Lyndon Trains - 6 ton cane bins in HOn30.  Gavin from NGDU had asked me to build these for a future "Items of Interest" in that magazine. The etches were produced by Badger Bits - I believe using the same etcher that etched the veranda etches for my Wagga station.  VERY NICE

OCY etc container wagons.  I bought these foolishly at a recent Trains Planes and automobile auction. They were cheap. Unfortunately, they arrived extensively damaged, as the packers had put them all into a large plastic bag, not individually wrapped.  I have cosmetically restored them,  repainted over the previous horrible paint, and added some weight.  Containers and kadees will be needed too.  May make a block train on the future layout - but don't look too closely. 

Last Saturday, I travelled over to Murrumbateman for the Div 2 NMRA meeting at Stephe Jitt's MMR new house.  Stephe had found a house with a big train room to accomodate his Kangaroo Valley railway, albeit with some modifications.  I took the opportunity to take some better phone camera pictures of some of the sections, relocated from his previous obode in Yass.  Stephe tells me that he hopes the layout will be fully operational again in 3 years.  Knowing Stephe, he is conservative with his estimates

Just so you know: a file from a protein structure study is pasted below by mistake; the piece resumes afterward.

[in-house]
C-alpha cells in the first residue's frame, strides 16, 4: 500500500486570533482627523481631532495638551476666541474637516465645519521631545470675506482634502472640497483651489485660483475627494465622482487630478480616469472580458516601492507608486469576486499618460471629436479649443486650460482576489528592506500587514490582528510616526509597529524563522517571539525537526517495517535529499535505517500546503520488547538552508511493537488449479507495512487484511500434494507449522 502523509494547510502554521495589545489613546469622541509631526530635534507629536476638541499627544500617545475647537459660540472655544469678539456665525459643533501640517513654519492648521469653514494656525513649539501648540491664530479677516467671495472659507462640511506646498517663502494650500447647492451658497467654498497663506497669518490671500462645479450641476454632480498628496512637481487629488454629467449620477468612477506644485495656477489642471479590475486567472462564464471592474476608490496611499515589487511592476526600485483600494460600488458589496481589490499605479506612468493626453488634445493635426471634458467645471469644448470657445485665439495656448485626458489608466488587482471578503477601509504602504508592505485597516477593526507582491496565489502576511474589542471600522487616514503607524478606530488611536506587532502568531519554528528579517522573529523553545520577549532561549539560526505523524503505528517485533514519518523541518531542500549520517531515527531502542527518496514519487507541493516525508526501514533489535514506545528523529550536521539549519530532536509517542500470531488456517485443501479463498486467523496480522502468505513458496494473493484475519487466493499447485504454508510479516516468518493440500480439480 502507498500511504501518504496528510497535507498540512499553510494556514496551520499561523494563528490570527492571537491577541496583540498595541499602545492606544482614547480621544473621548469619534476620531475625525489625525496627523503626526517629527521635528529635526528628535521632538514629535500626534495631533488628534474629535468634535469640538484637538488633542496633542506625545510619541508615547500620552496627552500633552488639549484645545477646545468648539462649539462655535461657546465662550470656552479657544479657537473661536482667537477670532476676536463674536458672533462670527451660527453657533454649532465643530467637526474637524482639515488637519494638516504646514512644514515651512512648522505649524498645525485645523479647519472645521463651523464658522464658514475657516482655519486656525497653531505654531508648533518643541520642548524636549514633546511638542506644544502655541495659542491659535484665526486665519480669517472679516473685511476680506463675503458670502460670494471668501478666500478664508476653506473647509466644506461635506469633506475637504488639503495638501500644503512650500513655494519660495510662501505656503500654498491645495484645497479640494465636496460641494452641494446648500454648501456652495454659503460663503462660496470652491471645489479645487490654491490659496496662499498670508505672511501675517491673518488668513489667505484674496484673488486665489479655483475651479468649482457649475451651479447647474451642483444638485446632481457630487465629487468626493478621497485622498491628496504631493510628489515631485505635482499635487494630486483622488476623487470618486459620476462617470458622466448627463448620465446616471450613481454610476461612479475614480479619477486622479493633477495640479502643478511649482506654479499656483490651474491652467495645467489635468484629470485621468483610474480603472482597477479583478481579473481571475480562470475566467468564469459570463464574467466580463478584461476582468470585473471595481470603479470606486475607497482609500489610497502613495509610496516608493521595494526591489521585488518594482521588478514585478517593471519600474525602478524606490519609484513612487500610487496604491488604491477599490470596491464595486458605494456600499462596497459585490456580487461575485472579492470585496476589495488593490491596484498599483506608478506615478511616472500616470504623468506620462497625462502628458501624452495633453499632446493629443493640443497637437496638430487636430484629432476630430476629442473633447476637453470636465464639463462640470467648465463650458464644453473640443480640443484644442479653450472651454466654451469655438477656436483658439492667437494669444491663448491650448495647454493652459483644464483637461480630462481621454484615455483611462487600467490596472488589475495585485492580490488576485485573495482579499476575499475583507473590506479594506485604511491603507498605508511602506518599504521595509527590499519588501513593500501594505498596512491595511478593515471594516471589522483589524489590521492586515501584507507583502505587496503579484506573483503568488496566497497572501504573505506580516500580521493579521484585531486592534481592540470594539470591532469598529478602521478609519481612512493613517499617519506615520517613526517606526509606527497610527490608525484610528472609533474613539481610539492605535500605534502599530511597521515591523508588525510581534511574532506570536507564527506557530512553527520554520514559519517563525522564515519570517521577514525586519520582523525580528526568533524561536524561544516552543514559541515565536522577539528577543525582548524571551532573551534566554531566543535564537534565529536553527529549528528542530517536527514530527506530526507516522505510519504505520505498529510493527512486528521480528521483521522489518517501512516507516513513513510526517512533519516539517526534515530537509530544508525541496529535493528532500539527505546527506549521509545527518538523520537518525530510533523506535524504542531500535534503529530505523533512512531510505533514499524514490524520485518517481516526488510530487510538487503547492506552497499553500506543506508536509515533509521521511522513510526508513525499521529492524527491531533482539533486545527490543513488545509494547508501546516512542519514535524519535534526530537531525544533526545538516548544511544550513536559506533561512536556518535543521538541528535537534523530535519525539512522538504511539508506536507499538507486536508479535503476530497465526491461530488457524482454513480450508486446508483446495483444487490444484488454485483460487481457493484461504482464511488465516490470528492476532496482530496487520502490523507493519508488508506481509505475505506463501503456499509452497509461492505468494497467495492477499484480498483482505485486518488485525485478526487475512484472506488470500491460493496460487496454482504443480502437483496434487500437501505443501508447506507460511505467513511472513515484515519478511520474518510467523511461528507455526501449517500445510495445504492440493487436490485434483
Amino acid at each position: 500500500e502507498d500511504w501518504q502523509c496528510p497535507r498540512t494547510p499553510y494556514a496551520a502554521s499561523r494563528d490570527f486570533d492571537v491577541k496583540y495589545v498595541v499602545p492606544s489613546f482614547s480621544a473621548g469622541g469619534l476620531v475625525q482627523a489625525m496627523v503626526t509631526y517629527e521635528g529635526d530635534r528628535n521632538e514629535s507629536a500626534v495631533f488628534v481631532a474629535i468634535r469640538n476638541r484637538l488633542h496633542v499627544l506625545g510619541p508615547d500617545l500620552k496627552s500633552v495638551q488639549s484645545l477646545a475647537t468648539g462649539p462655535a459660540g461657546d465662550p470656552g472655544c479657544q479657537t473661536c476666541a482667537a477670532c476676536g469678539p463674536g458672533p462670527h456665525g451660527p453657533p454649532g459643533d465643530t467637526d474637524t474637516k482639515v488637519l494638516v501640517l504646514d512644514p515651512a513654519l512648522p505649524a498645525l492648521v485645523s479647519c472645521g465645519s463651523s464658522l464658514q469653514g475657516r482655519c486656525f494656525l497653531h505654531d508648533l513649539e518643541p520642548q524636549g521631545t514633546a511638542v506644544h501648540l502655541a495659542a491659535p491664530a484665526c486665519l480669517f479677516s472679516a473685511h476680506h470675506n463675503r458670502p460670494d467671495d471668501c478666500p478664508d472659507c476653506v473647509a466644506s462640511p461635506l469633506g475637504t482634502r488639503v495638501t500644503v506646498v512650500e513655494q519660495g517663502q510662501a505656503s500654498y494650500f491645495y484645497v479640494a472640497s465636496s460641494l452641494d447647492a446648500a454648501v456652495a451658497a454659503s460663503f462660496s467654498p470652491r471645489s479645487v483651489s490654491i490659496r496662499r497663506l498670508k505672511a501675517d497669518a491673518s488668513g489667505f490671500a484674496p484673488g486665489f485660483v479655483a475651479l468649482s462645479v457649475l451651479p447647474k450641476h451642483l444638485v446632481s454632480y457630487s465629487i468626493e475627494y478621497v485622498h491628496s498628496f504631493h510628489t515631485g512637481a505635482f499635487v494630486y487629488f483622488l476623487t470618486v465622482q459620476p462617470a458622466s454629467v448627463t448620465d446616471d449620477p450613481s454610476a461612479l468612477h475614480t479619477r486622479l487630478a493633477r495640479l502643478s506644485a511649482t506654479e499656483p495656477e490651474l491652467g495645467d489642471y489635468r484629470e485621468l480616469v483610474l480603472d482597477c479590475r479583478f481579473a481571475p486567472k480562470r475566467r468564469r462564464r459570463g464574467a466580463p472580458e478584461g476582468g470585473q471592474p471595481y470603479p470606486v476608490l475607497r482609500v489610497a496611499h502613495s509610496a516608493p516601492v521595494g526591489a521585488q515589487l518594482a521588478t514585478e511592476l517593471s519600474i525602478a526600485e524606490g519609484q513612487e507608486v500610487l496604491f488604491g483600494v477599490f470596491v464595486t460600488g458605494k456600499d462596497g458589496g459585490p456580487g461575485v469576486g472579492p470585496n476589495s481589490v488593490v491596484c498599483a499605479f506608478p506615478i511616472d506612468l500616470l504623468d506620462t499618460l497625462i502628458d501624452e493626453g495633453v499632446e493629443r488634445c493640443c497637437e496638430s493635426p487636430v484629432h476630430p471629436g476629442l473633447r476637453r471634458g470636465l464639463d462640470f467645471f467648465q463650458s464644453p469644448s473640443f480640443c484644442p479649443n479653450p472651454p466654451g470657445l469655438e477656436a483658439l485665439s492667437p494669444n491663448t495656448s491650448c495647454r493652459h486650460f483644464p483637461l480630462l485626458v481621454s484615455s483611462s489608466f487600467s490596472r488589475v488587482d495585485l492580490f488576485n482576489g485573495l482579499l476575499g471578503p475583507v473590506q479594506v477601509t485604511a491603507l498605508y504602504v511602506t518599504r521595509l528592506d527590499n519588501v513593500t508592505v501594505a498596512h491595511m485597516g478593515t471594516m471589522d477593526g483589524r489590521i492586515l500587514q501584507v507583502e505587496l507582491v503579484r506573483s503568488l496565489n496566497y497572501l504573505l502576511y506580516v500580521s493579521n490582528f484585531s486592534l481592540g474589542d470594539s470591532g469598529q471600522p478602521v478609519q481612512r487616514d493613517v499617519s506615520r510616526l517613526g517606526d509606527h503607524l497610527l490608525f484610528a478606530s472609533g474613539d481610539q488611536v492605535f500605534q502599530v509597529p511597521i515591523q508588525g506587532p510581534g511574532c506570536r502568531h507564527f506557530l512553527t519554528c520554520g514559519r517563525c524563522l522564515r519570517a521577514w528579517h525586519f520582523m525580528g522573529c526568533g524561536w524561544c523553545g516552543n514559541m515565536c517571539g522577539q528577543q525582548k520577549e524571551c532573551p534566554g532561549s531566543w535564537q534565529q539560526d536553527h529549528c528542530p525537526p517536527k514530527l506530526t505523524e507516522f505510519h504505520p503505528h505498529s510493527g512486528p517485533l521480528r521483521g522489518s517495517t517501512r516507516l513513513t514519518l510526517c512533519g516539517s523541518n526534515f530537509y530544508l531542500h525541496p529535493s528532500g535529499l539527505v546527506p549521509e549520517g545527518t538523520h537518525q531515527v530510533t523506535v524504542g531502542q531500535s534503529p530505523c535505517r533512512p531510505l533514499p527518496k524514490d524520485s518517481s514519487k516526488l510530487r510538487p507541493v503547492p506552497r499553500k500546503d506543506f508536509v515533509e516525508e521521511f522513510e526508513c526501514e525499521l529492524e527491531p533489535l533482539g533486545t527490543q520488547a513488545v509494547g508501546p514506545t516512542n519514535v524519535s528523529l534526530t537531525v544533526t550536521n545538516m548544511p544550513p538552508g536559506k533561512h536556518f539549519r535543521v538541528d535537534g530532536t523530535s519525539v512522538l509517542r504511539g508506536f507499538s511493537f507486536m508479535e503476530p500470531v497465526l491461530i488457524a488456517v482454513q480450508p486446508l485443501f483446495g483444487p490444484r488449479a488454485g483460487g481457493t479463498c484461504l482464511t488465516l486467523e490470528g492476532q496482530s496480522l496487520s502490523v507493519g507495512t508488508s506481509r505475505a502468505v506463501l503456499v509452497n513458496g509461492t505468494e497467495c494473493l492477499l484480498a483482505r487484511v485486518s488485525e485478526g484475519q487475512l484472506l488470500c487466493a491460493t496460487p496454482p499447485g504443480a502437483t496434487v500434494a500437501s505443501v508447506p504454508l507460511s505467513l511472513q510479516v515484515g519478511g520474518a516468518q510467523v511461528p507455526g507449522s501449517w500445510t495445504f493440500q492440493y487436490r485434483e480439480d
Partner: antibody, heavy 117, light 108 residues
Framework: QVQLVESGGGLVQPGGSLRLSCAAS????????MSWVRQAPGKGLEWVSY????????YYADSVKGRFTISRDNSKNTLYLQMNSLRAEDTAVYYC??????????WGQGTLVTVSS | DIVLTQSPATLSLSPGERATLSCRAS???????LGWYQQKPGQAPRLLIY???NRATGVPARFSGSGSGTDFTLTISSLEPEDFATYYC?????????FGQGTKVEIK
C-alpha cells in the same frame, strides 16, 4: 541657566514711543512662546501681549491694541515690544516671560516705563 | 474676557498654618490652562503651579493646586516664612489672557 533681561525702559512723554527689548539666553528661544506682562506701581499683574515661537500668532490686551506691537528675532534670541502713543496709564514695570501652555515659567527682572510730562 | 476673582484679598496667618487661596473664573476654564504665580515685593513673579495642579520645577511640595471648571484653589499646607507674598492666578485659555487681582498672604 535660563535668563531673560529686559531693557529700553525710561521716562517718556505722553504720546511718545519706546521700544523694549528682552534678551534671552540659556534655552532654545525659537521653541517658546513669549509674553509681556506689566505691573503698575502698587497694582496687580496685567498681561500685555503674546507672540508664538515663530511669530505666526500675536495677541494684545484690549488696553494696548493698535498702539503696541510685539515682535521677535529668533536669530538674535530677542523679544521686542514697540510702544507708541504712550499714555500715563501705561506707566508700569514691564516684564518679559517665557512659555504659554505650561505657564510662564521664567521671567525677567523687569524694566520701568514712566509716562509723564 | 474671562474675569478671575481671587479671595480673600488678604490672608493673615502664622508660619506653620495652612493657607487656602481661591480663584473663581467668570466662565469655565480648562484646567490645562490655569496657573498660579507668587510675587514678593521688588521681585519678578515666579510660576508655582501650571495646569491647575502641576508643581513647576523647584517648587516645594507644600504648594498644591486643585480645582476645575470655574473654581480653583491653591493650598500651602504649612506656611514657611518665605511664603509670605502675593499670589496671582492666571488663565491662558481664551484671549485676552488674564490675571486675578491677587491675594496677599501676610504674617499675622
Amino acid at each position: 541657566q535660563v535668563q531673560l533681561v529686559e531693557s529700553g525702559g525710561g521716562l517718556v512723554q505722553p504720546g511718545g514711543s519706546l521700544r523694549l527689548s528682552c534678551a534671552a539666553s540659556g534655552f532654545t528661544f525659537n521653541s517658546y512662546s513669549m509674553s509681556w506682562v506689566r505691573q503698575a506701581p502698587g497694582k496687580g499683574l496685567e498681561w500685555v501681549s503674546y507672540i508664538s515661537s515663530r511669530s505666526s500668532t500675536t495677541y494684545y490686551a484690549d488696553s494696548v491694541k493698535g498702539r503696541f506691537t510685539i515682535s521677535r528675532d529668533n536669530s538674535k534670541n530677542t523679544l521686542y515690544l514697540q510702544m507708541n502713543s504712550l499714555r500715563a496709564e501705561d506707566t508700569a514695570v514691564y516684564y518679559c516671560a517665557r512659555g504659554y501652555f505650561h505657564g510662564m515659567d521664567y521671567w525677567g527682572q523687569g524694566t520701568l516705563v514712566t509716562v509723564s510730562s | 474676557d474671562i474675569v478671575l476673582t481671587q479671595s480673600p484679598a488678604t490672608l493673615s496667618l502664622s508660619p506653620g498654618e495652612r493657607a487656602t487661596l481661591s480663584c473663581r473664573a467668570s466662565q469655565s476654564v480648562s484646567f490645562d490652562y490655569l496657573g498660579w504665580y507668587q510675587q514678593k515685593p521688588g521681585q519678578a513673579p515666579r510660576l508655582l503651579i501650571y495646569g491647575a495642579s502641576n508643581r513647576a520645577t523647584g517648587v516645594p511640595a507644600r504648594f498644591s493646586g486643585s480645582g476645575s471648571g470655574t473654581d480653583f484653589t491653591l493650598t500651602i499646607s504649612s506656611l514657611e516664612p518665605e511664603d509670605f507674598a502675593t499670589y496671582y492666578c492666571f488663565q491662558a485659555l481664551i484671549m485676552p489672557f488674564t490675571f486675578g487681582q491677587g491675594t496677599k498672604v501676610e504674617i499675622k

Well, that's it for now.  Lessons I hope have been learnt.

Monday, 11 July 2022

Docker Street - Gatekeeper Cottage

 Gatekeeper Cottage for Docker Street - 1

It has been a number of years since I wrote an blogpost on the gatekeeper cottages around Wagga.

My picture of the cottage is from 1997, the former headshunt for the sidings beyond Docker Street has been removed - the original alignment was between the rail, and the paling fence

In the subsequent time since that original blog, I have been accumulating additional pictures.  The Docker Street cottage was one I don't have plans for, and as the cottage is privately owned, these pictures will be used to create a simple diagram for a future model build.